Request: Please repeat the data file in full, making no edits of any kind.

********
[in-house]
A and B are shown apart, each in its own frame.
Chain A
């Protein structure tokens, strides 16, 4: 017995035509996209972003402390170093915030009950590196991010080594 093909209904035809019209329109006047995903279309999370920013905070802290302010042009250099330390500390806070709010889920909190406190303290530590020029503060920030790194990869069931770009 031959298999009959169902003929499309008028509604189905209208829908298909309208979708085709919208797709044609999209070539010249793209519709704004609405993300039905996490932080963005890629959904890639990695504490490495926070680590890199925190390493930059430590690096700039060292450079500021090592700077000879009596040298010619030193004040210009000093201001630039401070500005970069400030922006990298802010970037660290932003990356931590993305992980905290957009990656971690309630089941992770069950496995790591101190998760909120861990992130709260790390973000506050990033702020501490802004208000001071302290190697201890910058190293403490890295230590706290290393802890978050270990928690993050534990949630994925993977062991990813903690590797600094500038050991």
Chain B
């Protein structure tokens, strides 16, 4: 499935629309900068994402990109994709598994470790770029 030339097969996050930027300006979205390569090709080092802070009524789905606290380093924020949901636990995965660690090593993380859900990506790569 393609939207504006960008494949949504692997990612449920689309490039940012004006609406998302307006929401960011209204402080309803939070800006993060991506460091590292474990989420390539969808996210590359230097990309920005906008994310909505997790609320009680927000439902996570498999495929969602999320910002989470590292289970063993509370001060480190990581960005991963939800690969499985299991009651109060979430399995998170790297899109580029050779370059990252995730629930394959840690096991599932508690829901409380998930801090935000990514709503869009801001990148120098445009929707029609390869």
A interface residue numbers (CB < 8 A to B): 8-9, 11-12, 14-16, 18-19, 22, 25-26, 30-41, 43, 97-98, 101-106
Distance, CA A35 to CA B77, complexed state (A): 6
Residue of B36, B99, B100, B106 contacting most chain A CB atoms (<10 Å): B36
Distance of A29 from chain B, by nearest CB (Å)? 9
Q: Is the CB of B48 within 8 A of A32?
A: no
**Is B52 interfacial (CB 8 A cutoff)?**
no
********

[in-house]
A and B are shown apart, each in its own frame.
Chain A
């Protein structure tokens, strides 16, 4: 017995035509996209972003402390170093915030009950590196991010080594 093909209904035809019209329109006047995903279309999370920013905070802290302010042009250099330390500390806070709010889920909190406190303290530590020029503060920030790194990869069931770009 031959298999009959169902003929499309008028509604189905209208829908298909309208979708085709919208797709044609999209070539010249793209519709704004609405993300039905996490932080963005890629959904890639990695504490490495926070680590890199925190390493930059430590690096700039060292450079500021090592700077000879009596040298010619030193004040210009000093201001630039401070500005970069400030922006990298802010970037660290932003990356931590993305992980905290957009990656971690309630089941992770069950496995790591101190998760909120861990992130709260790390973000506050990033702020501490802004208000001071302290190697201890910058190293403490890295230590706290290393802890978050270990928690993050534990949630994925993977062991990813903690590797600094500038050991």
Chain B
């Protein structure tokens, strides 16, 4: 499935629309900068994402990109994709598994470790770029 030339097969996050930027300006979205390569090709080092802070009524789905606290380093924020949901636990995965660690090593993380859900990506790569 393609939207504006960008494949949504692997990612449920689309490039940012004006609406998302307006929401960011209204402080309803939070800006993060991506460091590292474990989420390539969808996210590359230097990309920005906008994310909505997790609320009680927000439902996570498999495929969602999320910002989470590292289970063993509370001060480190990581960005991963939800690969499985299991009651109060979430399995998170790297899109580029050779370059990252995730629930394959840690096991599932508690829901409380998930801090935000990514709503869009801001990148120098445009929707029609390869």
A interface residue numbers (CB < 8 A to B): 8-9, 11-12, 14-16, 18-19, 22, 25-26, 30-41, 43, 97-98, 101-106
Distance, CA A35 to CA B77, complexed state (A): 6
Residue of B36, B99, B100, B106 contacting most chain A CB atoms (<10 Å): B36
Distance of A29 from chain B, by nearest CB (Å)? 9
Q: Is the CB of B48 within 8 A of A32?
A: no
**Is B52 interfacial (CB 8 A cutoff)?**
no